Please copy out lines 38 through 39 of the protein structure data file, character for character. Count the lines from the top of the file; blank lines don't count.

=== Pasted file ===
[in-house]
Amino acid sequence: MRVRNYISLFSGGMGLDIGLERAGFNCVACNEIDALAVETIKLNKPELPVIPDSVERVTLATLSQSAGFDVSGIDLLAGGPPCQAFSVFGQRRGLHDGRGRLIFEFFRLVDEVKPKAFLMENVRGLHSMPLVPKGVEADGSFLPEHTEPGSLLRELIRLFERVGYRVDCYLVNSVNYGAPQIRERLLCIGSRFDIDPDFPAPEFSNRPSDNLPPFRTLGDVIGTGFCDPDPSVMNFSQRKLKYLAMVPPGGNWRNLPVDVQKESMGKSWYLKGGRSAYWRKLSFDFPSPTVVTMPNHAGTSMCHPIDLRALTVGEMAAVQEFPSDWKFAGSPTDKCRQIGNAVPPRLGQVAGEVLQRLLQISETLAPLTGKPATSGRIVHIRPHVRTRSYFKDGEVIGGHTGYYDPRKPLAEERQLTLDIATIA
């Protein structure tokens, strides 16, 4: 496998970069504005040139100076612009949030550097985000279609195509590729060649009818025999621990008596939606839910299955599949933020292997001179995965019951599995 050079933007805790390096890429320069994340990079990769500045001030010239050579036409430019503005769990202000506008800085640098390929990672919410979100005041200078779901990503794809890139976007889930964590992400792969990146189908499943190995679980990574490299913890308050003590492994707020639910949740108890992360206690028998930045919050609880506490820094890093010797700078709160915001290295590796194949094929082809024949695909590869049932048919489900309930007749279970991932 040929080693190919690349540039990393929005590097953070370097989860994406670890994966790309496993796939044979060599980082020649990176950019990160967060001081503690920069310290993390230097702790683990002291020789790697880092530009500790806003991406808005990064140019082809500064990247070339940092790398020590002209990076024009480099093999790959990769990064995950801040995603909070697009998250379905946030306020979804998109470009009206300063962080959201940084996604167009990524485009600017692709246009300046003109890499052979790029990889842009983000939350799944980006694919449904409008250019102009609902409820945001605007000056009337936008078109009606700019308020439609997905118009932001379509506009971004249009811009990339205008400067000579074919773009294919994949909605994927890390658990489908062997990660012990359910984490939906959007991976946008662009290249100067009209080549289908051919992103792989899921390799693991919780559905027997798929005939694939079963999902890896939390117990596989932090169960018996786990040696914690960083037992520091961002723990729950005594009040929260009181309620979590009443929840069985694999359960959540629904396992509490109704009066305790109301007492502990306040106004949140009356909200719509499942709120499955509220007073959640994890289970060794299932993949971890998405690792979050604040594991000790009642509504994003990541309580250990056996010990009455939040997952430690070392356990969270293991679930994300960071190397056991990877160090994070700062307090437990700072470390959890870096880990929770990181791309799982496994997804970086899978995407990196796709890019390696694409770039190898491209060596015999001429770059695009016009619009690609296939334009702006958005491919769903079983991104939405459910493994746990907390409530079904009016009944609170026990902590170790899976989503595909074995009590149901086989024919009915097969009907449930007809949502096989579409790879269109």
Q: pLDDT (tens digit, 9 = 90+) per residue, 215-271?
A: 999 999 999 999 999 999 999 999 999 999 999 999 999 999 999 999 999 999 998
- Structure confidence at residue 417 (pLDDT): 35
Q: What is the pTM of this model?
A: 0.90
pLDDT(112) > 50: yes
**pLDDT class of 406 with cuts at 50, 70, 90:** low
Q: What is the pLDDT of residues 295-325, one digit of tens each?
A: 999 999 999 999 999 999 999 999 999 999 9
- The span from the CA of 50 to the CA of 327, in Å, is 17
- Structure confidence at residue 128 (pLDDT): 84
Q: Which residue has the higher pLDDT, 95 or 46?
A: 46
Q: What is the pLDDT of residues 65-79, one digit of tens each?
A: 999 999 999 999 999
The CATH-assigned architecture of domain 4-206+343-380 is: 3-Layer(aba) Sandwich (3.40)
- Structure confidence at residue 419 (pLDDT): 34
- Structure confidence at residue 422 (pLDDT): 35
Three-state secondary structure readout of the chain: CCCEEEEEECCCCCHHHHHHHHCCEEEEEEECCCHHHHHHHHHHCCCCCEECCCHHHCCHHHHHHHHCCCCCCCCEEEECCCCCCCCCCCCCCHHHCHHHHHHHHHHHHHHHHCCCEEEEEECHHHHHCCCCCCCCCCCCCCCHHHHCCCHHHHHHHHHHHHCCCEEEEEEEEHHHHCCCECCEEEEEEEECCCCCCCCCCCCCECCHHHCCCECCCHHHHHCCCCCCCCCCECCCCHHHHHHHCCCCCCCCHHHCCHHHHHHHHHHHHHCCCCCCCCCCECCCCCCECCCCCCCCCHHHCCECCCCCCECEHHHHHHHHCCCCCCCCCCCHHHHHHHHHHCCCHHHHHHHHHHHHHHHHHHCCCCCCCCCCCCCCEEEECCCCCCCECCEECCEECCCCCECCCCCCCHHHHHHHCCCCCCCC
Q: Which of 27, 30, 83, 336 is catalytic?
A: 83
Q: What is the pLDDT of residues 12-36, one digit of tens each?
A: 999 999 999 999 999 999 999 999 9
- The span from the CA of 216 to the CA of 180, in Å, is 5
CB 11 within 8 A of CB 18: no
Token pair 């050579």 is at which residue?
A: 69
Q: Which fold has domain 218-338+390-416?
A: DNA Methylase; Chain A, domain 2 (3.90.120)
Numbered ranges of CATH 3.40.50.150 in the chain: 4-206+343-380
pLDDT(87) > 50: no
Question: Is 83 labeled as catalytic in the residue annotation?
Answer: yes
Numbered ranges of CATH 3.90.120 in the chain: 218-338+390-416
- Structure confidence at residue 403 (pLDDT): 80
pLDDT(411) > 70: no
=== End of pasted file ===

- Structure confidence at residue 403 (pLDDT): 80
pLDDT(411) > 70: no